By: Ryan VanWert, Director of Engineering Services
As testing and product evaluation methods become more sophisticated, we are starting to see some big changes take effect in the industry. If you haven’t heard already, the American Society of Civil Engineers’ ASCE 7-16,Minimum Design Loads and Associated Criteria for Buildings and Other Structures, has been published and adopted into the 2018 International Building Code. While ASCE 7-10 is the most commonly used version of this standard in the roofing industry today, contractors need to be aware and have a solid understanding of the changes as states and municipalities continue to adopt the 7-16 standard. As of April 2019, South Dakota, Wyoming, Utah, Puerto Rico, U.S. Virgin Islands, and the City of Chicago are some of the few areas that have already adopted the 2018 IBC.
ASCE 7-16 contains significant changes from ASCE 7-10 in the areas of seismic design, wind design, snow design, and more. Notably, the layouts of the roof zones have been modified to include a 1’ (one-prime) zone in the center of the roof. Additionally, pressures have been adjusted to reduce the design pressures in the center of the roof, and increase them in the perimeters and corners where the pressures are the greatest. The primary zone configuration as outlined by ASCE 7-16 is included below for reference.
These changes are going to take some time to get adjusted to, and there will be an increase in overall pressures applied to the roof that must be accounted for when planning out projects. The Duro-Last Engineering Services team is available to help work through wind calculations as needed. Additionally, ASCE offers a variety of live and on-demand webinars regarding the new 7-16 standard – you can access these resources at mylearning.asce.org.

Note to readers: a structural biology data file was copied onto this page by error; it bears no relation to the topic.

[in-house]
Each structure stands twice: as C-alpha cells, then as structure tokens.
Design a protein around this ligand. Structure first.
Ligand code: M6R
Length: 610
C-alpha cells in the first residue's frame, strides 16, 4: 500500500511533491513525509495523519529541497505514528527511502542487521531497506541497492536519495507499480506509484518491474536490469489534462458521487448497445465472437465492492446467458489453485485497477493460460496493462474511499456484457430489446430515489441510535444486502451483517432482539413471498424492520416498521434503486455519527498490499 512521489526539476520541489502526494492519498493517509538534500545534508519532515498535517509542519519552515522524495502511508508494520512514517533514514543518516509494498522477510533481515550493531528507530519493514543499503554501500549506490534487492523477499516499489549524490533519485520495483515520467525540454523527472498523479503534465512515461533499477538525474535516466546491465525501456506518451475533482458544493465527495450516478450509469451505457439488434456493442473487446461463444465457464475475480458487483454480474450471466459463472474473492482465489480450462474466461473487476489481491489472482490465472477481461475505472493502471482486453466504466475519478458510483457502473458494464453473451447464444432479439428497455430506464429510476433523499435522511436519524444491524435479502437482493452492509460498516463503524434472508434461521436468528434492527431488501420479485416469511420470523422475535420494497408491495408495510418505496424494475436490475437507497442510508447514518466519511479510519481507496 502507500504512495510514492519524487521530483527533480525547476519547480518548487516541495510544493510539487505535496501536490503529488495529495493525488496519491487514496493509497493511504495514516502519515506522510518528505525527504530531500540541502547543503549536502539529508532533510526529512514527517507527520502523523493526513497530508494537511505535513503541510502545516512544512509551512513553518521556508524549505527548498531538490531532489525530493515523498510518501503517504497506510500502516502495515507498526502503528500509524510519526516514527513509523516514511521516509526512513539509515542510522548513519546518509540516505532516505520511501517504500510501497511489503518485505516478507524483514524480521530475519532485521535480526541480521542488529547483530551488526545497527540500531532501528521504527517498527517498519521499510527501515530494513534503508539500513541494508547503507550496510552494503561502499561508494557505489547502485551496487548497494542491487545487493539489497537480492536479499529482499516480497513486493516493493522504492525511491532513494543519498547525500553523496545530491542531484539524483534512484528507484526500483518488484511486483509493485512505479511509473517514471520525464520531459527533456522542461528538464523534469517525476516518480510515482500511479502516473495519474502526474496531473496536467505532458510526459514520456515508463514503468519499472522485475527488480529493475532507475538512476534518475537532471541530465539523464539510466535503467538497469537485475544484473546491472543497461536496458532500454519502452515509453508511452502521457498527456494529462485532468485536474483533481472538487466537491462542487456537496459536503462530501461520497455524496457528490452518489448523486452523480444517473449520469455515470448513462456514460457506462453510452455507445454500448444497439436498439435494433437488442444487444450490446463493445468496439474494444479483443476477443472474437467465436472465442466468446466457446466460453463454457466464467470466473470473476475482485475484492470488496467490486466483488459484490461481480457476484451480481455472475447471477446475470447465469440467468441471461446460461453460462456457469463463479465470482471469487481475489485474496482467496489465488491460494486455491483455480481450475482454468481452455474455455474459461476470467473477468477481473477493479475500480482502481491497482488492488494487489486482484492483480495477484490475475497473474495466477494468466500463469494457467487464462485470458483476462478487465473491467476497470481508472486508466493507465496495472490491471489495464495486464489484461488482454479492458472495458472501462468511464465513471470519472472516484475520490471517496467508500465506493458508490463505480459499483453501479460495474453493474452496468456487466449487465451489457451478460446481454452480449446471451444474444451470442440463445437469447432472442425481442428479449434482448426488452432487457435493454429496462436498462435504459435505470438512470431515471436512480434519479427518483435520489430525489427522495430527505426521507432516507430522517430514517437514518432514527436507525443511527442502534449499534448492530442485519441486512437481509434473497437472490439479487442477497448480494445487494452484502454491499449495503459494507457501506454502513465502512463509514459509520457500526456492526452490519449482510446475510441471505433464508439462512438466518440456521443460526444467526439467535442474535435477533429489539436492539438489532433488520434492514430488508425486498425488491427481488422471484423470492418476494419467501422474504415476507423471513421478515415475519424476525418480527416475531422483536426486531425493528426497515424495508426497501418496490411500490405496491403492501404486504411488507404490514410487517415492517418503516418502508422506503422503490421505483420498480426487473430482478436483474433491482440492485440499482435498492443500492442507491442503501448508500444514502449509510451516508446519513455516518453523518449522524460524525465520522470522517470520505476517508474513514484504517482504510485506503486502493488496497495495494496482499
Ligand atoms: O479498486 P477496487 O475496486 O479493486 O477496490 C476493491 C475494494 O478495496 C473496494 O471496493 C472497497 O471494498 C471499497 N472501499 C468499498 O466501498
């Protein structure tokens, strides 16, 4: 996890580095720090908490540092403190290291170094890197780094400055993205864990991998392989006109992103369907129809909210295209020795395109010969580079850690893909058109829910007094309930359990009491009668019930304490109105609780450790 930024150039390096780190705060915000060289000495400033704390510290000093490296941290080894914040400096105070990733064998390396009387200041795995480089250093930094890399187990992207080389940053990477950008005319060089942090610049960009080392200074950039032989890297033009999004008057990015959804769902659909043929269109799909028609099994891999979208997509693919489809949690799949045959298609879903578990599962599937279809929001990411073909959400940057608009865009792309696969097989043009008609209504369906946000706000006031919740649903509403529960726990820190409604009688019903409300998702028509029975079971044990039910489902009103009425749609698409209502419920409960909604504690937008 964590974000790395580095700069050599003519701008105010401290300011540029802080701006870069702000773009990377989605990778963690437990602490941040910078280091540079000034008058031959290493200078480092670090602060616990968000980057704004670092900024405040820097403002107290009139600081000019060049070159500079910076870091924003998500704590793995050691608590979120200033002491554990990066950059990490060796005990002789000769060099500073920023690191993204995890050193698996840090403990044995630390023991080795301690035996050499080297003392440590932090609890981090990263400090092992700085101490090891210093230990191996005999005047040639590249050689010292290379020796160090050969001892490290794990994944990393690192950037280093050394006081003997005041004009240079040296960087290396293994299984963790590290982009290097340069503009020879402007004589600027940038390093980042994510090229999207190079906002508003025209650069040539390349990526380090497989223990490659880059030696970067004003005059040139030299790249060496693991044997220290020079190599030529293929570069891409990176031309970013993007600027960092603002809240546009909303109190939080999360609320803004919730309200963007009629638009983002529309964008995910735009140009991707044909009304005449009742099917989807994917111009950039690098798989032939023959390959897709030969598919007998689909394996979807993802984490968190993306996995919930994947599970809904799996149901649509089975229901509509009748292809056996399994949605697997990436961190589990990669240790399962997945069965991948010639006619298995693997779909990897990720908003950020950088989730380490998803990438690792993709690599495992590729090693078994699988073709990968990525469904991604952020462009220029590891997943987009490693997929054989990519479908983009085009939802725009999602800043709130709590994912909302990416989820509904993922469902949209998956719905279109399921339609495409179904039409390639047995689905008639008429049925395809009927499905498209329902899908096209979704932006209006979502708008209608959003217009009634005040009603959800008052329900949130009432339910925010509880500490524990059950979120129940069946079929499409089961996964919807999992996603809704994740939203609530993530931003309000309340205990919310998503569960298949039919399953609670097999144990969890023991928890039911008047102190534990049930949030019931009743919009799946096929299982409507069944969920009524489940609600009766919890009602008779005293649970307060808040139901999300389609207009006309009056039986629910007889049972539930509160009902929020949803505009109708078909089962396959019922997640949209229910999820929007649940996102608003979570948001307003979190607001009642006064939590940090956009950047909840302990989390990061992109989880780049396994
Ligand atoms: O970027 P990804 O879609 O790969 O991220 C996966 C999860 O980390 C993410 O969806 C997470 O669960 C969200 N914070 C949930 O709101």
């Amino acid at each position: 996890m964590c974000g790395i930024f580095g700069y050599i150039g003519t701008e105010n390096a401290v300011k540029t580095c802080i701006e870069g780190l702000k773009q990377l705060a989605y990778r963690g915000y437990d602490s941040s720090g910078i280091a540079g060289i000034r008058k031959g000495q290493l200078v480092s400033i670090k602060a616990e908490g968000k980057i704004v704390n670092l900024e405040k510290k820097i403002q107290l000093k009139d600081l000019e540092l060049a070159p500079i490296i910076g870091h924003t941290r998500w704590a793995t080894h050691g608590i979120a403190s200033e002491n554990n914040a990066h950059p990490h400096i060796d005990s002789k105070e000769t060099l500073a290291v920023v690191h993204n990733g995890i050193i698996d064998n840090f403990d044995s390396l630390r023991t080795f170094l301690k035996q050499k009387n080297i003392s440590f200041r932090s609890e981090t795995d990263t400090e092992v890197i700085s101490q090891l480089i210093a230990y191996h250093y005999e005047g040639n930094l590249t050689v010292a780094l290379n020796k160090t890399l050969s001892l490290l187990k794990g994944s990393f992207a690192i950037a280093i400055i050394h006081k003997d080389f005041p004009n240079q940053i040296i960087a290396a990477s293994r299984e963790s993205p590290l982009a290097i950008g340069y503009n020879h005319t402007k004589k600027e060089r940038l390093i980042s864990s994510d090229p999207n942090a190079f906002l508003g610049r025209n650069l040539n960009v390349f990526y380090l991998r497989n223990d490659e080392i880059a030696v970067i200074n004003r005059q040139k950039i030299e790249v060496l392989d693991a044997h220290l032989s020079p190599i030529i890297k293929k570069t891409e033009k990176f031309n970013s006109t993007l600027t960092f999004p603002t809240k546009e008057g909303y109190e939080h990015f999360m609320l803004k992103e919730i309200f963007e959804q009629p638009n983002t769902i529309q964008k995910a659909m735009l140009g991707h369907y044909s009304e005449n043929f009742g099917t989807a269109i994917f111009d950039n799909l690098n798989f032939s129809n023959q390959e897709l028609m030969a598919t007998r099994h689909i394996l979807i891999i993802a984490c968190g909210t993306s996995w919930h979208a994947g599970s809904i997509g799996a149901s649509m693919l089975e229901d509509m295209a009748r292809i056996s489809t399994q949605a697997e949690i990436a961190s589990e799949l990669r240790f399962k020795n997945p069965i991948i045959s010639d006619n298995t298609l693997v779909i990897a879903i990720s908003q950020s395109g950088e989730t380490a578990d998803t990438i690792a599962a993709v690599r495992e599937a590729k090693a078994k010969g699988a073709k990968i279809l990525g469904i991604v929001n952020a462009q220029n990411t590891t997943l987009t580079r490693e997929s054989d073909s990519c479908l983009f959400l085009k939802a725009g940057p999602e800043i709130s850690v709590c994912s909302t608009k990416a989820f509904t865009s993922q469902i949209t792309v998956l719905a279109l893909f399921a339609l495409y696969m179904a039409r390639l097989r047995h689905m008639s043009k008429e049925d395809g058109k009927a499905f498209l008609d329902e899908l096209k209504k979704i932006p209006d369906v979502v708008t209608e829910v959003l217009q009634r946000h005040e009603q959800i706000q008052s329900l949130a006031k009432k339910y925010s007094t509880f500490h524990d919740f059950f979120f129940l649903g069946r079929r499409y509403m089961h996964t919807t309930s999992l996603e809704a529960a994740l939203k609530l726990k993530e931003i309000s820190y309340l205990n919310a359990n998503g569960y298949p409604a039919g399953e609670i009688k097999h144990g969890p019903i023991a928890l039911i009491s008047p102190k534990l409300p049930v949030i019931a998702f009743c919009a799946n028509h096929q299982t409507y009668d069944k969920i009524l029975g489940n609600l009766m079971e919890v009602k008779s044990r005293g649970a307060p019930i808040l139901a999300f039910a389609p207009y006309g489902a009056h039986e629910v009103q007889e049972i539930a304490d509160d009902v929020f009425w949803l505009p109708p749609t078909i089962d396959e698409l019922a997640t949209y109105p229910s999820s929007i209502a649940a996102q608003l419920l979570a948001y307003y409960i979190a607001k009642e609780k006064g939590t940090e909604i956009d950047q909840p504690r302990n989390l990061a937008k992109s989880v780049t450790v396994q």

Finally, don’t forget about the engineering services’ resources available on the Duro-Last website that are free to use when planning your next project. The Duro-Last Specification Generator creates custom three-part specifications that can be downloaded in generic or branded formats, and the Uplift Pressure and Fastening Pattern Generator helps determine the expected wind uplift pressures on a roof as well as the required fastening patterns. Both tools can be found under the “Technical” drop down on the Duro-Last website navigation.
Please note that the Uplift Pressure tool has notyet been updated to reflect the changes in ASCE 7-16, and requests for design assistance related to this standard need to be directed to the Duro-Last Engineering Services team.Additionally, it is the responsibility of the installing contractor to understand and comply with all applicable building codes and standards.